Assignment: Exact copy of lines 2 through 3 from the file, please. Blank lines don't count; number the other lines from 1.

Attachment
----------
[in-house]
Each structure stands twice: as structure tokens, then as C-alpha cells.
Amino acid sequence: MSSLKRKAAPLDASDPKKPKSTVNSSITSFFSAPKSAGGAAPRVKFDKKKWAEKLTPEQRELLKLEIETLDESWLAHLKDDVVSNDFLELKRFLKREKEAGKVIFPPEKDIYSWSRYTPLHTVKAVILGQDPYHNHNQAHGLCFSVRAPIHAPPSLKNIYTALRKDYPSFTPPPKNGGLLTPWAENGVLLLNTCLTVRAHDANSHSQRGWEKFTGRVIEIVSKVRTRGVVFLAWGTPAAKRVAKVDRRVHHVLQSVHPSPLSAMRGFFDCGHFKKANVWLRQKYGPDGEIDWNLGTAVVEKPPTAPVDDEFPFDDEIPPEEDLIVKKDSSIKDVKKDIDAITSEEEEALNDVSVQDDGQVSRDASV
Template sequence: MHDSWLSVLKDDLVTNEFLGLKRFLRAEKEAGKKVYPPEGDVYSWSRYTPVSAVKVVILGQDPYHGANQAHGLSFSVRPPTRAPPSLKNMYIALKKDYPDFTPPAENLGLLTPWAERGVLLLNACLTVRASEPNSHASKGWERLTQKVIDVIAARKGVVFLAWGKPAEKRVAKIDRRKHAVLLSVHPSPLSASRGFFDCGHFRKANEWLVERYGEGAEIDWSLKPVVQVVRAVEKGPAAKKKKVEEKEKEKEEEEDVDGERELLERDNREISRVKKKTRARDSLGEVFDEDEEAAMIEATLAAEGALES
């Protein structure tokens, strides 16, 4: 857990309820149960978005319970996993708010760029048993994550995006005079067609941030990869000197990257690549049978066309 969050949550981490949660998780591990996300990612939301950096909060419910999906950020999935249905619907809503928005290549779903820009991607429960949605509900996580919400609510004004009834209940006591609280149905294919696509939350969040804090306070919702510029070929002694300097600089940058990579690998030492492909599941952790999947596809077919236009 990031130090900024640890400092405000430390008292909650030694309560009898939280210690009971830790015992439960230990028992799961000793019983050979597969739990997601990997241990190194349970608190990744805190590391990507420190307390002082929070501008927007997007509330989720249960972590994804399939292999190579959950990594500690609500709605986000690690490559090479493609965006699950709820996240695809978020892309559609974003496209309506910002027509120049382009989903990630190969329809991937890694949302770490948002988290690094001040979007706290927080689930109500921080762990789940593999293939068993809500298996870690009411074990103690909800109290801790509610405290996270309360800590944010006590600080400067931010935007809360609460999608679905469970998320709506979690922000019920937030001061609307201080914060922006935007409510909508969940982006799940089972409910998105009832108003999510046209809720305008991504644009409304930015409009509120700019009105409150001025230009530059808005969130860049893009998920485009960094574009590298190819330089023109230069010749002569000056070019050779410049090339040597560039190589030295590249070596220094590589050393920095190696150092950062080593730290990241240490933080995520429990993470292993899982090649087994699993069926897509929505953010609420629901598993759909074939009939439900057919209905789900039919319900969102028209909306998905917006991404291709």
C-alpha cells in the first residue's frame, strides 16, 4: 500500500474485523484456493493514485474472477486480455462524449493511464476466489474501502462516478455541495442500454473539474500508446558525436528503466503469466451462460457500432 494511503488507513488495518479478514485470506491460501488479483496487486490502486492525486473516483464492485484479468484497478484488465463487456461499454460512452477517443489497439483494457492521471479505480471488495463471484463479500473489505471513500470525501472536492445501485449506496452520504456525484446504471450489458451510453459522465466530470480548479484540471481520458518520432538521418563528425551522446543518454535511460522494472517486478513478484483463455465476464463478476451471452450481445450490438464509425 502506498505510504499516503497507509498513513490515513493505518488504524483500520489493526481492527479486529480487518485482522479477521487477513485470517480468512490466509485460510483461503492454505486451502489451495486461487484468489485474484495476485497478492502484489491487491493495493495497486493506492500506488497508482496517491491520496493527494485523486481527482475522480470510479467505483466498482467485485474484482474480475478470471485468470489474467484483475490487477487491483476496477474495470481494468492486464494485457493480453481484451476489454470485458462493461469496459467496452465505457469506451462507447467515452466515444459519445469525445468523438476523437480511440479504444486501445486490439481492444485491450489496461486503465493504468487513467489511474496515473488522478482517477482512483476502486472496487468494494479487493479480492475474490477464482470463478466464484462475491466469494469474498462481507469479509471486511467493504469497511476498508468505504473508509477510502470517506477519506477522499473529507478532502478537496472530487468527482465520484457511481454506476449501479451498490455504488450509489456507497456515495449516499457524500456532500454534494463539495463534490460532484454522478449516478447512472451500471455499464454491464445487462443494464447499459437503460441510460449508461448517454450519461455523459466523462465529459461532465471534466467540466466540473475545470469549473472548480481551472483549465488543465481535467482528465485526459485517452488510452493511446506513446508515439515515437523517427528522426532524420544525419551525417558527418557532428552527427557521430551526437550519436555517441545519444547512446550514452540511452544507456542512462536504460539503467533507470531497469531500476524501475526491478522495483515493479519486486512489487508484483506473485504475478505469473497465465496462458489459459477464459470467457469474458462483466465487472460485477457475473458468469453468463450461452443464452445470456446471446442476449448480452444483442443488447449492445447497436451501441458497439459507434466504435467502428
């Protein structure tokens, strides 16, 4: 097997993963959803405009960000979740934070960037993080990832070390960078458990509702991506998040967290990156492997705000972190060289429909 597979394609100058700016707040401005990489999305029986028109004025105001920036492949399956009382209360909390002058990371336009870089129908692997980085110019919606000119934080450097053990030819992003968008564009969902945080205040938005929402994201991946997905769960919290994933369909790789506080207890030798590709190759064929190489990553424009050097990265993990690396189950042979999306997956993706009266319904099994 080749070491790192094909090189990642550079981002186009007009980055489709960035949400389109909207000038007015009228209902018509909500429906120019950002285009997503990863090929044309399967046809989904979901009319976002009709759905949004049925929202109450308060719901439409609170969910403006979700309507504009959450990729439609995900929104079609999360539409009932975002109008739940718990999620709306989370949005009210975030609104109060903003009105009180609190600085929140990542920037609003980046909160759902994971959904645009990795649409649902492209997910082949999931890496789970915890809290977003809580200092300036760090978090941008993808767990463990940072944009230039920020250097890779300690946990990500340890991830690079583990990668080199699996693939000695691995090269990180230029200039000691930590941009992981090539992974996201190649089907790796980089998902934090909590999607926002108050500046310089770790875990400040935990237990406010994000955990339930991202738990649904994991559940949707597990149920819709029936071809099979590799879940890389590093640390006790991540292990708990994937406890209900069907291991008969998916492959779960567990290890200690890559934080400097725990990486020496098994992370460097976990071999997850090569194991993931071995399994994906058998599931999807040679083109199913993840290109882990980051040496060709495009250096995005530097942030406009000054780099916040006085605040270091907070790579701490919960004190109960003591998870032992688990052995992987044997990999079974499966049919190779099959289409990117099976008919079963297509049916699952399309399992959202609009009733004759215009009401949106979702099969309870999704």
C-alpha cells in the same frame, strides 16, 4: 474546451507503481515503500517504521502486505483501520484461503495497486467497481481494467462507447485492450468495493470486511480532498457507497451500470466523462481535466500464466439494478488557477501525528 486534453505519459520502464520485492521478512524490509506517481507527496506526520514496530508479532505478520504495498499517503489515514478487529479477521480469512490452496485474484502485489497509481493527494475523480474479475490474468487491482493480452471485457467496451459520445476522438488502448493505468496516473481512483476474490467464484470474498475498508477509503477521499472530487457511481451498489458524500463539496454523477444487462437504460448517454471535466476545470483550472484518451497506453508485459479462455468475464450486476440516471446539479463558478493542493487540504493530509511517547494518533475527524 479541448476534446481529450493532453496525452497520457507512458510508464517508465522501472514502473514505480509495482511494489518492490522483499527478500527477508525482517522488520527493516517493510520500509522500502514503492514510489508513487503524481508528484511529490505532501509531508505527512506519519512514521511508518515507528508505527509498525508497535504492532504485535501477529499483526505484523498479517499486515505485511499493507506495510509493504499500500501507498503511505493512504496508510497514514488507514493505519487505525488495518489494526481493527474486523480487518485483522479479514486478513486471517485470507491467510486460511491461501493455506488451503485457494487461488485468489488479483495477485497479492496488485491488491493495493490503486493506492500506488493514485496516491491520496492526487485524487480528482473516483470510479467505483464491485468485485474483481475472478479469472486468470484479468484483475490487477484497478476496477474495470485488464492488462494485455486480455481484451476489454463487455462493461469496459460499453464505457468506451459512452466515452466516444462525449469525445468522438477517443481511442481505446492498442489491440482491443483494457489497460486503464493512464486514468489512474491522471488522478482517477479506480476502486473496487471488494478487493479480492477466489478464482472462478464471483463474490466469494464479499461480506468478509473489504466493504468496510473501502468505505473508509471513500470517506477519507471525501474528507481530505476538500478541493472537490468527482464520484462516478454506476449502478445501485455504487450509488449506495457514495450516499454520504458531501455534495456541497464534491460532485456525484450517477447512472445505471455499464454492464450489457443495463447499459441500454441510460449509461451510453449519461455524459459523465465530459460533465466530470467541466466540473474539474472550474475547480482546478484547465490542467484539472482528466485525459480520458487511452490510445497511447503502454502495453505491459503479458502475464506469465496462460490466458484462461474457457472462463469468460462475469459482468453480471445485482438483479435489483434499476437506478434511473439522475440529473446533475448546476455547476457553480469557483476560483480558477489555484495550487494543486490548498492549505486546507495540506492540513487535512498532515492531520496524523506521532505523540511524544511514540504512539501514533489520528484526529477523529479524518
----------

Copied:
Each structure stands twice: as structure tokens, then as C-alpha cells.
Amino acid sequence: MSSLKRKAAPLDASDPKKPKSTVNSSITSFFSAPKSAGGAAPRVKFDKKKWAEKLTPEQRELLKLEIETLDESWLAHLKDDVVSNDFLELKRFLKREKEAGKVIFPPEKDIYSWSRYTPLHTVKAVILGQDPYHNHNQAHGLCFSVRAPIHAPPSLKNIYTALRKDYPSFTPPPKNGGLLTPWAENGVLLLNTCLTVRAHDANSHSQRGWEKFTGRVIEIVSKVRTRGVVFLAWGTPAAKRVAKVDRRVHHVLQSVHPSPLSAMRGFFDCGHFKKANVWLRQKYGPDGEIDWNLGTAVVEKPPTAPVDDEFPFDDEIPPEEDLIVKKDSSIKDVKKDIDAITSEEEEALNDVSVQDDGQVSRDASV